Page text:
The most common (not to be confused with optimal) and intiutive algorithm to search for an element in a set of elements.

If there is one algorithm that we all use almost on daily basis in our lives, it has to be **Linear Search**. It is one of the most intutive algorithms, that does not even require any special setup before we even start to perform the search operation.

**Linear Search** is one of the most commonly used and intuitive search algorithms. It works similarly to how we learn to explore new things - browse through the set until you find what you are looking for.

We start by comparing the first item in the `input`

with the `key`

we are looking for. If we find a match, we return the index, or otherwise, we move ahead to the next element.

This will continue until we either run out of the elements in the `input`

or find the element matching the `key`

.

Let’s take a quick look at the sample java code:

```
public int linearSearch(int[] input, int key){
for(int i = 0; i < input.length; i++){
// if there is a match, return the current index
if(key == input[i]){
return i;
}
}
// if all the elements are checked
// and we have not returned an index,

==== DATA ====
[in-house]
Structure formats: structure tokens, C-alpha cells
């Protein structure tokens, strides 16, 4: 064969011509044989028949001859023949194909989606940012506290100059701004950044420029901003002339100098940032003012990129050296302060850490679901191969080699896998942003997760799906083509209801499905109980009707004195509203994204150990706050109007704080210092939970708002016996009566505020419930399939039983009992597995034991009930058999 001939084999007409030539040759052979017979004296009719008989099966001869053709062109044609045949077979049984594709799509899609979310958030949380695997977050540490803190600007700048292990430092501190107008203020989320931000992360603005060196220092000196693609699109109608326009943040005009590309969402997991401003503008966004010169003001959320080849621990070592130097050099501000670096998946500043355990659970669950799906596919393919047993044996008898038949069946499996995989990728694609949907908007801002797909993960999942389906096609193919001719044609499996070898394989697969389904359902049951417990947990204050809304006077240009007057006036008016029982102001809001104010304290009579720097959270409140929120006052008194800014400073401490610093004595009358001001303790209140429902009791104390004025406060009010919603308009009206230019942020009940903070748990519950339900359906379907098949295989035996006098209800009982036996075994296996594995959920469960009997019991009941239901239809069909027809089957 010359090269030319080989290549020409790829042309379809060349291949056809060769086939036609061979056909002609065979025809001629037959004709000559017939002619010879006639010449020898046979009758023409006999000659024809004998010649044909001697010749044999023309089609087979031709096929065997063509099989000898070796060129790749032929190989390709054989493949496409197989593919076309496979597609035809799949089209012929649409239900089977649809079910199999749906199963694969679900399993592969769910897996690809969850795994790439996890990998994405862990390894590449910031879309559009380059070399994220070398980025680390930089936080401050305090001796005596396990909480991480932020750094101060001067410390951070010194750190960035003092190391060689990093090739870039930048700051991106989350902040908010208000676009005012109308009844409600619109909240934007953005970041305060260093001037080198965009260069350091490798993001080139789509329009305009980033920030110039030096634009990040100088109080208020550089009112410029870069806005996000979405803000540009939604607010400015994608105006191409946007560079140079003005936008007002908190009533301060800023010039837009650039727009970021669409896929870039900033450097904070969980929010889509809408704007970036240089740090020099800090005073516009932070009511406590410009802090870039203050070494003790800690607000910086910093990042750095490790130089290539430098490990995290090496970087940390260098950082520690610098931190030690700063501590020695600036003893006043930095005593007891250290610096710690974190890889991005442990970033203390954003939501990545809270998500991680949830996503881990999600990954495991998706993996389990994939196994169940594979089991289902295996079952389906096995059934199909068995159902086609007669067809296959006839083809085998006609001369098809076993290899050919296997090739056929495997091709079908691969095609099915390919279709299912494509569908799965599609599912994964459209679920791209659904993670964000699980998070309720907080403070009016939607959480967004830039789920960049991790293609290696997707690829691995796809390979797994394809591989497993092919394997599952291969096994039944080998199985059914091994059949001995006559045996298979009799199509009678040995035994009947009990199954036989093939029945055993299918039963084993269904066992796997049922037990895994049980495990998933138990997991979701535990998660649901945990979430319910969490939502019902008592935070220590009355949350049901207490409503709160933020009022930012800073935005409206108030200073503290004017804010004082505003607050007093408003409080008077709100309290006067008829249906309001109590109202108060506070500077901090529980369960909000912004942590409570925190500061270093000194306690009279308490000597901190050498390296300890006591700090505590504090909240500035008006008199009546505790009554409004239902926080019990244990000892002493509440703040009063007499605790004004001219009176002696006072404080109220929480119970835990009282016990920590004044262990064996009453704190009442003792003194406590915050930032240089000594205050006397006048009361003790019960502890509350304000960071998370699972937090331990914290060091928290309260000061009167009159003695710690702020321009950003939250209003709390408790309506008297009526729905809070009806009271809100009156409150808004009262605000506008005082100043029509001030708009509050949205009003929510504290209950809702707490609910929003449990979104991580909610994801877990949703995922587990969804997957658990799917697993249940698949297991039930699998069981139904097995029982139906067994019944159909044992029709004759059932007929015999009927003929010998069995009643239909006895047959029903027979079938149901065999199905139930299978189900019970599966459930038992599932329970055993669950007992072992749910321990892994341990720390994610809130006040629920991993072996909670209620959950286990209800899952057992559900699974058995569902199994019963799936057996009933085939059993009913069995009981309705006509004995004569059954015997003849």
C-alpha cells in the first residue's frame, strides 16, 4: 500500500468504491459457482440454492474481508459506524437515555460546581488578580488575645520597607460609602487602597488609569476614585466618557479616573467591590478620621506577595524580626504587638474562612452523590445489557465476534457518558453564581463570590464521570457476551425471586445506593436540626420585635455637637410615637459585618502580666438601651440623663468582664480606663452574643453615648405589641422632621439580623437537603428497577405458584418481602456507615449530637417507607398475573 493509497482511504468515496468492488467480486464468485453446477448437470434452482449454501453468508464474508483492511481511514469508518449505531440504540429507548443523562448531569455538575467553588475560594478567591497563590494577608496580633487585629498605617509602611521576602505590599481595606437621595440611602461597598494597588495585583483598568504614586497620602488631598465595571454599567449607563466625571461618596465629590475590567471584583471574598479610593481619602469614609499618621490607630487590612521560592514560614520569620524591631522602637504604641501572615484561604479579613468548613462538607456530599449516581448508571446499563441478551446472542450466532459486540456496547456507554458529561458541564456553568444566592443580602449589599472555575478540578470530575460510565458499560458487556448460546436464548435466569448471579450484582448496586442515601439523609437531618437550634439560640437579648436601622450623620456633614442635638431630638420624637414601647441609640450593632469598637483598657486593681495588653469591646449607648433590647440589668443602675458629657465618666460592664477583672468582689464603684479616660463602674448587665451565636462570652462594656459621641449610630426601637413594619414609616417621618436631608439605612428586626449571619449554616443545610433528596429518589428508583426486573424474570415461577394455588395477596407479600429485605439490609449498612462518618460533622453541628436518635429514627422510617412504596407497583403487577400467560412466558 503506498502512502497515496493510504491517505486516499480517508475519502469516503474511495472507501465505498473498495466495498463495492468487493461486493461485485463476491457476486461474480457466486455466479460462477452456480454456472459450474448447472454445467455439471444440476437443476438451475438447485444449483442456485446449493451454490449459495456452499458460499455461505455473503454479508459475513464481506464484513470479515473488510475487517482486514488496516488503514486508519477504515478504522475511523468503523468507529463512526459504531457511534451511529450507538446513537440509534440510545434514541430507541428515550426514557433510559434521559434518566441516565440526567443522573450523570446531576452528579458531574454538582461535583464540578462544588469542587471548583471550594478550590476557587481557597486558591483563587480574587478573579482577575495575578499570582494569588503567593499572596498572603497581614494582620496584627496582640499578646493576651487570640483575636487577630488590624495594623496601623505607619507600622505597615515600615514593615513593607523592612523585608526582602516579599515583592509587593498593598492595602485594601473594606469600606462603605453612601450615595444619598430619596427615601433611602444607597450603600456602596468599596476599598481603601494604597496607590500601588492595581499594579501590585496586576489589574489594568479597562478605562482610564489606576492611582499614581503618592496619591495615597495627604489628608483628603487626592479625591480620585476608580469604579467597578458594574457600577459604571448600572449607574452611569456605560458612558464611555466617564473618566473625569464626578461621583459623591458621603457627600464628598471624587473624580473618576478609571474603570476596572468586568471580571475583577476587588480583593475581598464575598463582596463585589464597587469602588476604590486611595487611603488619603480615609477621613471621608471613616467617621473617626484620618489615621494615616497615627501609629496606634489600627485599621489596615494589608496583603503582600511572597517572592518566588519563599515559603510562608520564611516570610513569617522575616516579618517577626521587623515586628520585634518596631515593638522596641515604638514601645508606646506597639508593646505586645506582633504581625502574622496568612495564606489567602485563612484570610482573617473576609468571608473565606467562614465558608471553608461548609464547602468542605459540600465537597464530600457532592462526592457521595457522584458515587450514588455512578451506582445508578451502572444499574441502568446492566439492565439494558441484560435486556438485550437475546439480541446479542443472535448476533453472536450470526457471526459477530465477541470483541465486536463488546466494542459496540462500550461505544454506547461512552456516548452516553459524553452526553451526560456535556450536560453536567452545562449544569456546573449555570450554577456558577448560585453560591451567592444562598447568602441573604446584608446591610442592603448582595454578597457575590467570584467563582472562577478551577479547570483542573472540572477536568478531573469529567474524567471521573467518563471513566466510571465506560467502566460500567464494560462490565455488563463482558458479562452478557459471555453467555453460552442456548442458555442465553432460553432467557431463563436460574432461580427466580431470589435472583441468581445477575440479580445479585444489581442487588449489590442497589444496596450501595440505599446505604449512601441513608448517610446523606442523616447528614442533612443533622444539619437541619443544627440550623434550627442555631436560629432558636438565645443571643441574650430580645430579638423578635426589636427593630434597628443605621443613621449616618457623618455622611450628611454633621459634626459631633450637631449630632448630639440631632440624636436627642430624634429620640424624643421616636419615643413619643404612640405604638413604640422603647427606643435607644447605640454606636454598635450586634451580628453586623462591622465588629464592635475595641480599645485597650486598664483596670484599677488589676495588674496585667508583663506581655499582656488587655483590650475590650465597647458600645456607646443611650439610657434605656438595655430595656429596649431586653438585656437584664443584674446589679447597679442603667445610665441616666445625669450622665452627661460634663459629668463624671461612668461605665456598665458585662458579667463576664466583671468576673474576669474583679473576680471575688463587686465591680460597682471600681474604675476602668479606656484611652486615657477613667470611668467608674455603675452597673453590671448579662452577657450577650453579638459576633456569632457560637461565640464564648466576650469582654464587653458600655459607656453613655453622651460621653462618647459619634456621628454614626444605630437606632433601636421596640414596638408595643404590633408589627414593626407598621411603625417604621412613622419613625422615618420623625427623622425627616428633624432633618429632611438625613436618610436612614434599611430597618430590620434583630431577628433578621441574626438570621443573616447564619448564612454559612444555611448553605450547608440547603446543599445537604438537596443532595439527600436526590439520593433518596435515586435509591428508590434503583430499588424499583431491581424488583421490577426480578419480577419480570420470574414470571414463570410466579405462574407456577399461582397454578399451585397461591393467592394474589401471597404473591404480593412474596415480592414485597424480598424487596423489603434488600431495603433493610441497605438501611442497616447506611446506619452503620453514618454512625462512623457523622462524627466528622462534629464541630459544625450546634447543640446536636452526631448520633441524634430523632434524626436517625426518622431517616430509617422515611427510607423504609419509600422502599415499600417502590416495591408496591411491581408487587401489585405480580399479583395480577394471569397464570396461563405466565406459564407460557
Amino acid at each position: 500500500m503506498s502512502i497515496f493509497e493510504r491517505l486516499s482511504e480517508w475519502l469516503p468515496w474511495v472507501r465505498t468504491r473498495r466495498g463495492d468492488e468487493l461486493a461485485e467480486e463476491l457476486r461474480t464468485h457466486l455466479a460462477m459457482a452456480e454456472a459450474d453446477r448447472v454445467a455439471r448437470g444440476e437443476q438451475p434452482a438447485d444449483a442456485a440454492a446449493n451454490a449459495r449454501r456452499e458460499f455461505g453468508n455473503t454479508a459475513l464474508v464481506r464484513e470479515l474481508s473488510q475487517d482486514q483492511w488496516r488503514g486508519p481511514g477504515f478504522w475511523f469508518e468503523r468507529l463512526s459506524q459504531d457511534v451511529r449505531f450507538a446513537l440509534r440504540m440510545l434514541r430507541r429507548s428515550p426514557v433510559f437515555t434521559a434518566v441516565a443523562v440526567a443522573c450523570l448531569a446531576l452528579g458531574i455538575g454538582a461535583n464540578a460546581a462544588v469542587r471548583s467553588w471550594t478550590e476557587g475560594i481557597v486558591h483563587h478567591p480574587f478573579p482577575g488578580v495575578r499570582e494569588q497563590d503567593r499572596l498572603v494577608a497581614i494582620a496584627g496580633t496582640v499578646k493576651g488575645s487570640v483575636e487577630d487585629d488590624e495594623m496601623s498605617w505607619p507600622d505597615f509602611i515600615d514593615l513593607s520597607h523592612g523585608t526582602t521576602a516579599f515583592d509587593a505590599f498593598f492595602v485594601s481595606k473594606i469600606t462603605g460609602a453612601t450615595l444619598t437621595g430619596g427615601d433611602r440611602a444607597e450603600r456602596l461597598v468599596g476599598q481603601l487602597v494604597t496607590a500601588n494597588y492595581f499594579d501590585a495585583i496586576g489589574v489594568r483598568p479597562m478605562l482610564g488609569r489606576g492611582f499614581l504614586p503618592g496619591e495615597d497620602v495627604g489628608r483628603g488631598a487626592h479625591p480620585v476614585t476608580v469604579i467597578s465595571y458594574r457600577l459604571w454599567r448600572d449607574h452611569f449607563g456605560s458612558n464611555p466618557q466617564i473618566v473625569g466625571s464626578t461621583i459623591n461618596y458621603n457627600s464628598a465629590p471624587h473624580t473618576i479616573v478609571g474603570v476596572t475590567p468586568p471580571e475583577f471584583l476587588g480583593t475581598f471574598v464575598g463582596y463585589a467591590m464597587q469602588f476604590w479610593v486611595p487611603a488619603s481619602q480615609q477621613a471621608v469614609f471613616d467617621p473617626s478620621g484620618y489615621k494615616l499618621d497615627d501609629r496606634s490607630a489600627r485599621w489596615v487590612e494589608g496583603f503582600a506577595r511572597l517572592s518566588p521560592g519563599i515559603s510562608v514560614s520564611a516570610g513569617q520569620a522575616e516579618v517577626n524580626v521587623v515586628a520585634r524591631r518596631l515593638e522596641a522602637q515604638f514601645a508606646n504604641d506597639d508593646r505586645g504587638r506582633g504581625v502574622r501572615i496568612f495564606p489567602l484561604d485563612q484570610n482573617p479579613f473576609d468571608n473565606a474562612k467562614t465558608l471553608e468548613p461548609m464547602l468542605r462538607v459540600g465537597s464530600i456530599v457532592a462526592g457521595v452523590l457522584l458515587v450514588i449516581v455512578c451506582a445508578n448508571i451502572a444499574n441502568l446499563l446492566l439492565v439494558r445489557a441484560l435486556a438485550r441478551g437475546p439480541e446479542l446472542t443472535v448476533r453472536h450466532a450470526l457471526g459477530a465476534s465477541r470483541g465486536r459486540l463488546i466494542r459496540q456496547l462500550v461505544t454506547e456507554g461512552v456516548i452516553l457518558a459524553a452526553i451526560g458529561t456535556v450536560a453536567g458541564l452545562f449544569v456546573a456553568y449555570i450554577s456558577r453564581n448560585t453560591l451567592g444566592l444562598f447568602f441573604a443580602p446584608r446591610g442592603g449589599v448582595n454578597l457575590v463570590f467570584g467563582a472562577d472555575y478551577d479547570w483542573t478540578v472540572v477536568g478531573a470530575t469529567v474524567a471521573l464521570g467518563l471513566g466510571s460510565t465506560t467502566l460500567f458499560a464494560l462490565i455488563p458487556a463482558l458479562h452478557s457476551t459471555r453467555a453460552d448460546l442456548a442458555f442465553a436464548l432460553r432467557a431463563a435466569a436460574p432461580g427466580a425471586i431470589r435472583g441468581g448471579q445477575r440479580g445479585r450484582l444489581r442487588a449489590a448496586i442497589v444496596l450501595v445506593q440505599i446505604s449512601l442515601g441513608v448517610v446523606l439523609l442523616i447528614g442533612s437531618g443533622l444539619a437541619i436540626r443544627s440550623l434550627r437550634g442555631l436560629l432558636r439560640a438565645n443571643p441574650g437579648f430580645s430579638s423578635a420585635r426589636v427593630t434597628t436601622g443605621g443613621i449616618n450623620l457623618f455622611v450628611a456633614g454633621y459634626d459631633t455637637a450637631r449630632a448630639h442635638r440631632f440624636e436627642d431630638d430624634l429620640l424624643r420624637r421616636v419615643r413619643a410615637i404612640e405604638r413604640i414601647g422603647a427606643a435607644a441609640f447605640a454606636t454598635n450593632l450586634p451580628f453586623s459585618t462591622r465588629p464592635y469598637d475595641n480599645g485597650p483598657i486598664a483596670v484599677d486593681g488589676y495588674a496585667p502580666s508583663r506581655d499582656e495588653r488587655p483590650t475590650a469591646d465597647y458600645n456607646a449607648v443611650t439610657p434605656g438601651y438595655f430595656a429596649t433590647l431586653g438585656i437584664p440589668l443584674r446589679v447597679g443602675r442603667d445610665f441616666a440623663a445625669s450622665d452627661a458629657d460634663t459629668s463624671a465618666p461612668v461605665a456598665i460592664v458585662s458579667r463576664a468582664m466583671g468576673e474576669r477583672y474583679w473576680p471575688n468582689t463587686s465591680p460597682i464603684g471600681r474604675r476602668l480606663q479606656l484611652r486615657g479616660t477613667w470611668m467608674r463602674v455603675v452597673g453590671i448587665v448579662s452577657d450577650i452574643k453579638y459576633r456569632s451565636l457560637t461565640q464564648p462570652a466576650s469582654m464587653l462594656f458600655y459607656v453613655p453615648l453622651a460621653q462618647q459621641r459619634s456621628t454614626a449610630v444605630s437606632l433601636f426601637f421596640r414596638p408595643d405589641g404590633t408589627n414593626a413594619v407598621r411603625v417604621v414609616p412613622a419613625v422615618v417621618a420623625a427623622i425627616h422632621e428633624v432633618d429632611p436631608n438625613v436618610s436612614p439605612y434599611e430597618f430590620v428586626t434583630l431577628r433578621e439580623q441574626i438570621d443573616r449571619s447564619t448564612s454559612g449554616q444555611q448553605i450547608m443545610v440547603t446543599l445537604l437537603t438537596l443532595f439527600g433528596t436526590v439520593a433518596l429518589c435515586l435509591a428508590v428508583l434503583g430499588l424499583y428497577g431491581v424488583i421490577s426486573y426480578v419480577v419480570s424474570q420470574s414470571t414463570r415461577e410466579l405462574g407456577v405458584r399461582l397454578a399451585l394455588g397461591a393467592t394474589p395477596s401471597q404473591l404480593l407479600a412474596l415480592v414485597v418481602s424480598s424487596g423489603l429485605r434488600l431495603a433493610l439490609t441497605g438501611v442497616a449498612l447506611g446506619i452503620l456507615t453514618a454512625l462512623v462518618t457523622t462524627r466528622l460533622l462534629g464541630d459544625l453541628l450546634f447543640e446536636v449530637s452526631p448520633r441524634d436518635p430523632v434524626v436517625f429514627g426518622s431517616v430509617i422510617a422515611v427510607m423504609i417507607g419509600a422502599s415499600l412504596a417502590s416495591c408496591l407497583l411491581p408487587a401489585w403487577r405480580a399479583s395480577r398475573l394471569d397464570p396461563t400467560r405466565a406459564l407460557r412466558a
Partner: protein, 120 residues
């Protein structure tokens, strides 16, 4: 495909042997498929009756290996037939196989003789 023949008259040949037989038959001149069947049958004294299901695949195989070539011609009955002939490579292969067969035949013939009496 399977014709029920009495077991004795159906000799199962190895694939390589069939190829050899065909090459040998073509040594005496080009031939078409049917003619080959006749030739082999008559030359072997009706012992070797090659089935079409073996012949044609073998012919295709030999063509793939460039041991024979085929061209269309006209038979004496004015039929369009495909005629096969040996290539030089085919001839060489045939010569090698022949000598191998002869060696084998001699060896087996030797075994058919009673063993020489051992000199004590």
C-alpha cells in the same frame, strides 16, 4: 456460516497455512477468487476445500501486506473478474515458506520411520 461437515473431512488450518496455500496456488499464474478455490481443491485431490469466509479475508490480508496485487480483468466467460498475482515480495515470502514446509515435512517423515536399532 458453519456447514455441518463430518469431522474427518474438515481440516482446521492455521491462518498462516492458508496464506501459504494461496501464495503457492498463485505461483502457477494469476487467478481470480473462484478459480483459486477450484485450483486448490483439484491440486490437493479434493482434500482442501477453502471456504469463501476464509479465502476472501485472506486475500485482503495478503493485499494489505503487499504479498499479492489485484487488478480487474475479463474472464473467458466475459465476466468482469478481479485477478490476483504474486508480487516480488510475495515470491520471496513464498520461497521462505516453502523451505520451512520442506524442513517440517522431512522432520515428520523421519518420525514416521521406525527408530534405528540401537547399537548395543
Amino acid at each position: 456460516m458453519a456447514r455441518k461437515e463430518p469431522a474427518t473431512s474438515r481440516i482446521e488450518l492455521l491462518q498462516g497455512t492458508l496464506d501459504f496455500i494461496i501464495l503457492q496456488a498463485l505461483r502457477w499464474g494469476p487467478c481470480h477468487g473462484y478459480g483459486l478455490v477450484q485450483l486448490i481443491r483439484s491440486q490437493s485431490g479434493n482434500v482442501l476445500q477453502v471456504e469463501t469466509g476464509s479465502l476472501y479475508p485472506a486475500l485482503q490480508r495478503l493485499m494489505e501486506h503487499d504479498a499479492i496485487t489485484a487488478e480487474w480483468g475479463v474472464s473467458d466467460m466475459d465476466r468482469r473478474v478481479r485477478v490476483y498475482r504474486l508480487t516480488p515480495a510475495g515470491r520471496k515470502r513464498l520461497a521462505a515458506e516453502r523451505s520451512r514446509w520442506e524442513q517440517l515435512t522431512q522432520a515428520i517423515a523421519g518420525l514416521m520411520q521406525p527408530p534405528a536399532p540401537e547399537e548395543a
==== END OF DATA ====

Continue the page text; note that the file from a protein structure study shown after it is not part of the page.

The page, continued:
// it means the key is not in the input array
// return -1 to denote missing element
return -1;
}
```

The runtime complexity of this algorithm is \(O(n)\) in the worst case which happens when:

- Either the
`key`

matches the last element in the input. - Or is not present in the
`input`

altogether.

In both of these cases, the algorithm will iterate over all the elements before resulting in some value. The best case happens when the `key`

matches the first element in the `input`

.

An optimization trick can be used to improve the overall runtime by reducing the number of comparisons performed inside the `for`

loop. The above-mentioned `for`

loop has two comparison operations:

- Check the index to ensure we do not exceed the input size bound.
- Compare the current element with the
`key`

.

The trick is to add the `key`

after the last element in the input (provided the data structure supports addition and is NOT fixed size like an array). This way, we do not have to worry about crossing the input bounds as we can now guarantee that we’ll find the `key`

while traversing the input.

Once we find the `key`

, we just need to perform one extra check to ensure that the selected index does not match the index on which we manually added the `key`

. Although the overall complexity is still \(O(n)\), but we now have managed to remove an extra comparison in each iteration.

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